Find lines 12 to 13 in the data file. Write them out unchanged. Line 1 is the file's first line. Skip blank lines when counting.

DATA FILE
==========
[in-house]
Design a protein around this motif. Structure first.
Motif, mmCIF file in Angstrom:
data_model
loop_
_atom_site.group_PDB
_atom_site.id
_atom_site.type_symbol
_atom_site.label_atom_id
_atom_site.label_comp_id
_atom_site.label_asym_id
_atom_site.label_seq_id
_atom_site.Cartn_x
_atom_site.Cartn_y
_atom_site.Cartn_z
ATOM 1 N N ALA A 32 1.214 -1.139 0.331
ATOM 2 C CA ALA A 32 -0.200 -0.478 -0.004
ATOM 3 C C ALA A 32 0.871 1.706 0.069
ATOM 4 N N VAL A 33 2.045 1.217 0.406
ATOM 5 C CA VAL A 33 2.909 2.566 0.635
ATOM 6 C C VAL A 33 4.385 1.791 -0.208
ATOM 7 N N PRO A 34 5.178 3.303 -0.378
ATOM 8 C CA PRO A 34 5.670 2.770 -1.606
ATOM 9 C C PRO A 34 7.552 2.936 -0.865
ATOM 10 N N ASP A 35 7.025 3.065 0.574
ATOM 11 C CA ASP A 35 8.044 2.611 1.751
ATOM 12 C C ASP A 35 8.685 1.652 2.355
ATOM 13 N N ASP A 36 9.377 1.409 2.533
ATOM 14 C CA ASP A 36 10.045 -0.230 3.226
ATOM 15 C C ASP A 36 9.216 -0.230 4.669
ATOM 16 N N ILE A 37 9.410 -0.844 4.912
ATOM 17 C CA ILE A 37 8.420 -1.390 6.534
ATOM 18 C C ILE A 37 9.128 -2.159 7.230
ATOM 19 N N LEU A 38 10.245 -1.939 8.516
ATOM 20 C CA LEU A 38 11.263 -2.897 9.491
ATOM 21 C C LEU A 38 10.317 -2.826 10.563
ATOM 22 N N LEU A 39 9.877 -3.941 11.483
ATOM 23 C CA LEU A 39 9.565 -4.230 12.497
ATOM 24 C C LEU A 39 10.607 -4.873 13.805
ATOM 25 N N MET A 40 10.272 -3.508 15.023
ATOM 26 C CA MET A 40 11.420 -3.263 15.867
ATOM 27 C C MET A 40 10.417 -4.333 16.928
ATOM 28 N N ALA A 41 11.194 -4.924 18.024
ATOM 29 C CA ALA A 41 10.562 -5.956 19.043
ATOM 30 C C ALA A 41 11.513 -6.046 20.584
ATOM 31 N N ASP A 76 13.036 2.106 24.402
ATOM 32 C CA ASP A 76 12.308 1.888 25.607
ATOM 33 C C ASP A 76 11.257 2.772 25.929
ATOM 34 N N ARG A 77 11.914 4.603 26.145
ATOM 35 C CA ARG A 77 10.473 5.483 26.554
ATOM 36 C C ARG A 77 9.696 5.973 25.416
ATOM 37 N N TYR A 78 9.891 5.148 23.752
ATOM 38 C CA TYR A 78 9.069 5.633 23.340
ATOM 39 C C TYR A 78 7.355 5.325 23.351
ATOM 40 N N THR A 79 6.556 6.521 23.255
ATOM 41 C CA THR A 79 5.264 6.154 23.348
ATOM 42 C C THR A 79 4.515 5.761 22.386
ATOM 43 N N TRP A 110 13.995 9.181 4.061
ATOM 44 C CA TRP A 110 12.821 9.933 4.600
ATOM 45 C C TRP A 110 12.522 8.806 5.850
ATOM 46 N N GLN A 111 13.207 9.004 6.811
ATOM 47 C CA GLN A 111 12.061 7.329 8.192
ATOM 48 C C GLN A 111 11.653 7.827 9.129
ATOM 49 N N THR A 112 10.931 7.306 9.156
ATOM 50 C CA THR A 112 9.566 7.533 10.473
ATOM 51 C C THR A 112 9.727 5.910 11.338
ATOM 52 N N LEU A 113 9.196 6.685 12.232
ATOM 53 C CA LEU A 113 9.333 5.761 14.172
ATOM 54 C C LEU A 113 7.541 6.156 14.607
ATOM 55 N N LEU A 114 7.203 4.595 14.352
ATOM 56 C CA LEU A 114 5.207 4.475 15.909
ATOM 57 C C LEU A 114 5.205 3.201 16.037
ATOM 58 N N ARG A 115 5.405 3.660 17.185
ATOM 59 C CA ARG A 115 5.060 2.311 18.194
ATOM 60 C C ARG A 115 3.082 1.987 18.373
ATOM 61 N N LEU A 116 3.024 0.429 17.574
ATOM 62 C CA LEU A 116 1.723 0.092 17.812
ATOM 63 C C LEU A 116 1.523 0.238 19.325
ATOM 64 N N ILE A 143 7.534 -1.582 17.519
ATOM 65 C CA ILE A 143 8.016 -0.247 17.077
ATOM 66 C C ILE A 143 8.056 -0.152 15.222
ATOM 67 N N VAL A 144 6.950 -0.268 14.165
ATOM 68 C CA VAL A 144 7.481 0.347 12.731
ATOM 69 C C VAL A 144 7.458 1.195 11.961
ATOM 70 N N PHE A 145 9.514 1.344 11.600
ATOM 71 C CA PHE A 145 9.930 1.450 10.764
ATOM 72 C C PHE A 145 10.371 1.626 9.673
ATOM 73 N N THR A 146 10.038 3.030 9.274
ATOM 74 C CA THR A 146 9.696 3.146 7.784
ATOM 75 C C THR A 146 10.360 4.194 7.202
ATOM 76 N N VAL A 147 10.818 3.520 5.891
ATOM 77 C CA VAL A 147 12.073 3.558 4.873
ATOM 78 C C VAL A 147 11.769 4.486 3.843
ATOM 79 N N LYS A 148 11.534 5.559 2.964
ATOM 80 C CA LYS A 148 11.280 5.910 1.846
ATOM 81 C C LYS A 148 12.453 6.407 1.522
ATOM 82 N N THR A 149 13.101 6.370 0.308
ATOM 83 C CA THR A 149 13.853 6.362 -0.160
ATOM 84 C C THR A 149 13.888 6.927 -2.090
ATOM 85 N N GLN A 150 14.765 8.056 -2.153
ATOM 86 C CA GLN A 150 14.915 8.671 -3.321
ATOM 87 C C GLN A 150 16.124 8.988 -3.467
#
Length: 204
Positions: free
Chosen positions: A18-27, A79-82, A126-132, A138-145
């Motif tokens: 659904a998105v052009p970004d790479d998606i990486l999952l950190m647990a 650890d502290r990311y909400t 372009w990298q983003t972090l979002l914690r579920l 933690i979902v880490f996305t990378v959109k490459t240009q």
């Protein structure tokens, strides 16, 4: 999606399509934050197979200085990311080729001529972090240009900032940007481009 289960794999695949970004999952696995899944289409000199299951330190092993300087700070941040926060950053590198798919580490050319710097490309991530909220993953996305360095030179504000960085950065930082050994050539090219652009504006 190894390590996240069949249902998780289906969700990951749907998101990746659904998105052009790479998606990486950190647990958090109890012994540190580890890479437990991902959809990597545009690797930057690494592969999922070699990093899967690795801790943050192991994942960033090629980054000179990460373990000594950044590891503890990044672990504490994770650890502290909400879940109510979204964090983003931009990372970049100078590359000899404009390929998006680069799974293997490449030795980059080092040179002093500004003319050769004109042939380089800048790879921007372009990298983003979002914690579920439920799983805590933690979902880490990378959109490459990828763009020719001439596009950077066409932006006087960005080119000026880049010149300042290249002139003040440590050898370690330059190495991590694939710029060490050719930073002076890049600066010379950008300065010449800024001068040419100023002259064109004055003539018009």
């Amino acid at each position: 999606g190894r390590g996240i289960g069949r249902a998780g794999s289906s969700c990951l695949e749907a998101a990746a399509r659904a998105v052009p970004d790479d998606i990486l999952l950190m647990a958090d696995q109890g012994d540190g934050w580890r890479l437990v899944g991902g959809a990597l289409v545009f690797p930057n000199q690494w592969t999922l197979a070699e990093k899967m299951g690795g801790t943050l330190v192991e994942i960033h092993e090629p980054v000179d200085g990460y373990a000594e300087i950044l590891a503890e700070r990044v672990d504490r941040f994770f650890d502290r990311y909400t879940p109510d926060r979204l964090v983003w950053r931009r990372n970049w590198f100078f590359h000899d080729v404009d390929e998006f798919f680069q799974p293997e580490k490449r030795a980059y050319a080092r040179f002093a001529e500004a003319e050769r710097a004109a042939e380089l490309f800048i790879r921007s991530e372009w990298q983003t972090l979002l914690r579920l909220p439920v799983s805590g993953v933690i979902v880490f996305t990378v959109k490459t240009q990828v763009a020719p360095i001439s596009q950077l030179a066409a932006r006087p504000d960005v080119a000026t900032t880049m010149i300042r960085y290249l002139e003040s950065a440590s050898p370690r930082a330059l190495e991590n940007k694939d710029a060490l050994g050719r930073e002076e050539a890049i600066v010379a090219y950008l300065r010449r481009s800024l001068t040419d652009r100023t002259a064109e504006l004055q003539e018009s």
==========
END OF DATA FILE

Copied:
_atom_site.label_seq_id
_atom_site.Cartn_x